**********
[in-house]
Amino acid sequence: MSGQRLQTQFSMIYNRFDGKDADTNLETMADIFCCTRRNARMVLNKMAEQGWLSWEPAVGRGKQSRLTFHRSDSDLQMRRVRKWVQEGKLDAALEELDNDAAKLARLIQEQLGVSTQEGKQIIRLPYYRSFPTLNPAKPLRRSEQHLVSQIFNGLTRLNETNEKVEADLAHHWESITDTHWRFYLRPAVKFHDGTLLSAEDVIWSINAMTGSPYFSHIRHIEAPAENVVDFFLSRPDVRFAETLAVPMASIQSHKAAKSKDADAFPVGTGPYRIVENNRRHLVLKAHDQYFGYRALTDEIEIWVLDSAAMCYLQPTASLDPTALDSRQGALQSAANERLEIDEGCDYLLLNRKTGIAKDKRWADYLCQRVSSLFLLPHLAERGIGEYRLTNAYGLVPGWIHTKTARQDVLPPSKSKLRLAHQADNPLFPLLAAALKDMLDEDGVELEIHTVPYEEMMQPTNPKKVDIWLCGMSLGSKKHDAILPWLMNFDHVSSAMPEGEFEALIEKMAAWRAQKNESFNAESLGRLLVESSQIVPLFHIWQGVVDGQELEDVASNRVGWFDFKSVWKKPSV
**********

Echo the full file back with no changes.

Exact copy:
[in-house]
Amino acid sequence: MSGQRLQTQFSMIYNRFDGKDADTNLETMADIFCCTRRNARMVLNKMAEQGWLSWEPAVGRGKQSRLTFHRSDSDLQMRRVRKWVQEGKLDAALEELDNDAAKLARLIQEQLGVSTQEGKQIIRLPYYRSFPTLNPAKPLRRSEQHLVSQIFNGLTRLNETNEKVEADLAHHWESITDTHWRFYLRPAVKFHDGTLLSAEDVIWSINAMTGSPYFSHIRHIEAPAENVVDFFLSRPDVRFAETLAVPMASIQSHKAAKSKDADAFPVGTGPYRIVENNRRHLVLKAHDQYFGYRALTDEIEIWVLDSAAMCYLQPTASLDPTALDSRQGALQSAANERLEIDEGCDYLLLNRKTGIAKDKRWADYLCQRVSSLFLLPHLAERGIGEYRLTNAYGLVPGWIHTKTARQDVLPPSKSKLRLAHQADNPLFPLLAAALKDMLDEDGVELEIHTVPYEEMMQPTNPKKVDIWLCGMSLGSKKHDAILPWLMNFDHVSSAMPEGEFEALIEKMAAWRAQKNESFNAESLGRLLVESSQIVPLFHIWQGVVDGQELEDVASNRVGWFDFKSVWKKPSV